[¶10.] Russell executed a second will in 2004. At this time, Russell told Sannes that he wanted to remove Sherri as a beneficiary and name Bender instead. Sannes had no impression that Bender encouraged or was involved in Russell’s decision to change his will. Except for a few vehicles given to other friends, the 2004 will named Bender as Russell’s beneficiary and personal representative. Sherri and the other three children were specifically disinherited in the 2004 will.

[¶11.] Sannes retained memos of each of his meetings with Russell showing that Russell expressed an understanding of his heirs, his property, and testamentary intentions. Sannes found Russell to be "decisive and able to clearly express his wishes" in each meeting. Sannes believed Russell was competent and "fully understood" what he was doing when he executed the

[938 N.W.2d 454

2001 and 2004 wills and the power of attorney.

¶12.] Russell made a third will in 2012, prepared by attorney Kari Bartling. Russell was 80 at the time. The will revoked all prior wills and named Bender as Russell’s sole heir and personal representative. Children were again specifically disinherited in the 2012 will.

[¶13.] Bartling prepared a contemporaneous memorandum reflecting her discussions with Russell prior to drafting the 2012 will. Bartling’s notes reflect that Russell described his assets and answered questions about his background, Children, and other family members. Russell told Bartling that he did not want to leave anything to Children because he had already helped them out and no longer had contact with any of them. Russell stated that he did not know where his two daughters lived and had hardly seen them since the divorce. He also said his two sons live close to him but described a lack of any contact with them. Russell also described some of the things Bender had done for him and told Bartling that he was very fond of Bender and could not think of a better person to receive his assets. Bartling concluded that "Russell was very well aware of what he owned," had a "good head on his shoulders as far as business," and "appeared to be very intelligent." Bartling asked Russell if Bender had talked to him about changing his will. Russell said "no" and stated that Bender did not know he was doing this.

[¶14.] After Russell’s death, Bender commenced an informal probate of Russell’s 2012 will. Arlo and Renny filed a petition challenging the will. Sherri and Gina joined in an amended petition shortly thereafter. The amended petition alleged Russell lacked testamentary capacity and that the 2012 will was a product of an insane delusion and undue influence.

[¶15.] Children retained Dr. Rodney Swenson, a psychologist, as an expert witness concerning Russell’s competency and mental health. Dr. Swenson did not personally examine Russell, and his opinions were based on medical records, depositions, and statements from Children and others. Dr. Swenson concluded that Russell developed a chronic delusional disorder early in his life that affected his ability to form and maintain close relationships with Children and others. Dr. Swenson also concluded that Russell started developing vascular dementia in his later years. Dr. Swenson cited Russell’s distrust of societal institutions, limited topics of conversation, obsession with keeping loaded guns hidden around him, burying large sums of money, and ignoring Children as examples of the delusional disorder affecting Russell’s daily life activities. As to the 2012 will, Dr. Swenson opined that: (1) Russell lacked...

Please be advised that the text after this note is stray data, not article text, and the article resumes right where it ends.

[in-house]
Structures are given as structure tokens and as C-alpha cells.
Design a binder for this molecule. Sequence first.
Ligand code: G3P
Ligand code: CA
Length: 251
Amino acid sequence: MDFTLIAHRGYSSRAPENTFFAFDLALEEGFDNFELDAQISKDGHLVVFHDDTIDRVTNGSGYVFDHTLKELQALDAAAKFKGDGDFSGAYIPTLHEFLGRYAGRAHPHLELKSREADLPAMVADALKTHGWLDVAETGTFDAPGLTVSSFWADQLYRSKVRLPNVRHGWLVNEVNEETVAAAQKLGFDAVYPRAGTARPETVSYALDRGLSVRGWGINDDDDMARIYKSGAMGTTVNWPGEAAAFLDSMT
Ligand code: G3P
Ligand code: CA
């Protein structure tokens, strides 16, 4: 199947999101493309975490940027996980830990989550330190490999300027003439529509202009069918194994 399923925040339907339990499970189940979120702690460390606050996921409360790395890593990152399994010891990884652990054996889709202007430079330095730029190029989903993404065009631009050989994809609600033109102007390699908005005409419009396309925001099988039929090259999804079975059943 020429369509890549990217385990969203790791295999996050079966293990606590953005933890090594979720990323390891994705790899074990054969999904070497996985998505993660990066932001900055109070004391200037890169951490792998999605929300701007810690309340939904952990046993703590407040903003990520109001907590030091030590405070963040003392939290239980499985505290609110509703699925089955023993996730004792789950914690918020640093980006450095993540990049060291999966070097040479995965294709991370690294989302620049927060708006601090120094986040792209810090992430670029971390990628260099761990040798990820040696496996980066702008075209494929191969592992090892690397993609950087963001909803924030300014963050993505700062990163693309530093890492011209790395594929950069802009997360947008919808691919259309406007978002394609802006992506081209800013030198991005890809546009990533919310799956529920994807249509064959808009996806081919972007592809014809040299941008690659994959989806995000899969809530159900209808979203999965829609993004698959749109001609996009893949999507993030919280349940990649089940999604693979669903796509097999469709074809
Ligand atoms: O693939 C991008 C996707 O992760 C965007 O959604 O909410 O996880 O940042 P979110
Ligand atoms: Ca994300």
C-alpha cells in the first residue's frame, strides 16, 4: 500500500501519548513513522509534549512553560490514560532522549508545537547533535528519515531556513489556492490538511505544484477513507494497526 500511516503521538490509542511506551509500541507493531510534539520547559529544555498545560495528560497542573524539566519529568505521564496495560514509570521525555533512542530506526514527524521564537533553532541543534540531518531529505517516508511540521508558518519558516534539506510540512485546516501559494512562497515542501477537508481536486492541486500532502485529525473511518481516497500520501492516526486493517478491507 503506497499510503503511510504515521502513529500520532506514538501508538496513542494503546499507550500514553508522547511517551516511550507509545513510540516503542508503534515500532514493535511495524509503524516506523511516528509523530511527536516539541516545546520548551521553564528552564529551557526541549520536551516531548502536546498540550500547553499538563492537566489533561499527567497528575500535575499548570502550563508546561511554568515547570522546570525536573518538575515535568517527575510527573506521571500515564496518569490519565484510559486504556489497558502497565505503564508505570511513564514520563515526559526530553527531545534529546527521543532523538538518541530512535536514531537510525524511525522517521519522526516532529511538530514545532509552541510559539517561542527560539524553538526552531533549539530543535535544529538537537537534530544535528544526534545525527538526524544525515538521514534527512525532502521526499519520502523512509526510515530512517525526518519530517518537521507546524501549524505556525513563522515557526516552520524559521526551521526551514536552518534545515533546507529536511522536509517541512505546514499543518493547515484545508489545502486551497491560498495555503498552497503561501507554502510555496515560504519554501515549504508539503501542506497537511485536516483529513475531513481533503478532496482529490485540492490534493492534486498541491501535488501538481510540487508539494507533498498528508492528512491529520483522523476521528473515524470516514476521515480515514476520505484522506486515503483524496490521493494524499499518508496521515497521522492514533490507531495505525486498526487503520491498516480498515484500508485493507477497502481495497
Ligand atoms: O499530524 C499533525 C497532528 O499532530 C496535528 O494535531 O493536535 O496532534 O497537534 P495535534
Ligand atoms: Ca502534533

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2 practice notes
  • Johnson v. Markve, 29511-MES
    • United States
    • Supreme Court of South Dakota
    • 21 Septiembre 2022
    ...observed that "[b]y their very nature, claims of undue influence are fact intensive inquiries." In re Estate of Tank, 2020 S.D. 2, ¶ 48, 938 N.W.2d 449, 462. The extent to which Ken actively participated in preparing the quitclaim deed and the general power of attorney is unclear, but the c......
  • Carmody v. Lake Cnty. Bd. of Comm'rs, #28761
    • United States
    • Supreme Court of South Dakota
    • 22 Enero 2020
    ...involved the application of the civil law rule to determine the reasonableness of the drainage systems as between adjoining landowners. [938 N.W.2d 449 These are the same issues that the courts have heard and resolved since before statehood. We should not back away from our constitutional a......
2 cases
  • Johnson v. Markve, 29511-MES
    • United States
    • Supreme Court of South Dakota
    • 21 Septiembre 2022
    ...observed that "[b]y their very nature, claims of undue influence are fact intensive inquiries." In re Estate of Tank, 2020 S.D. 2, ¶ 48, 938 N.W.2d 449, 462. The extent to which Ken actively participated in preparing the quitclaim deed and the general power of attorney is unclear, but the c......
  • Carmody v. Lake Cnty. Bd. of Comm'rs, #28761
    • United States
    • Supreme Court of South Dakota
    • 22 Enero 2020
    ...involved the application of the civil law rule to determine the reasonableness of the drainage systems as between adjoining landowners. [938 N.W.2d 449 These are the same issues that the courts have heard and resolved since before statehood. We should not back away from our constitutional a......
1 books & journal articles
  • INCONCEIVABILITY, HORROR, AND THE MERCY SEAT.
    • United States
    • South Dakota Law Review Vol. 67 Nbr. 2, June 2022
    • 22 Junio 2022
    ...v. Calin, 2005 SD 13, [paragraph] 6. 692 N.W.2d 537. 540-41. (402.) Matter of Estate of Tank, 2020 SD 2, [paragraph][paragraph] 27-32, 938 N.W.2d 449, (403.) I have considered this idea, but not adopted it. See Johnson v. Phelan, 69 F.2d 144, 151-52 (7th Cir. 1995) (Posner, J., concurring a......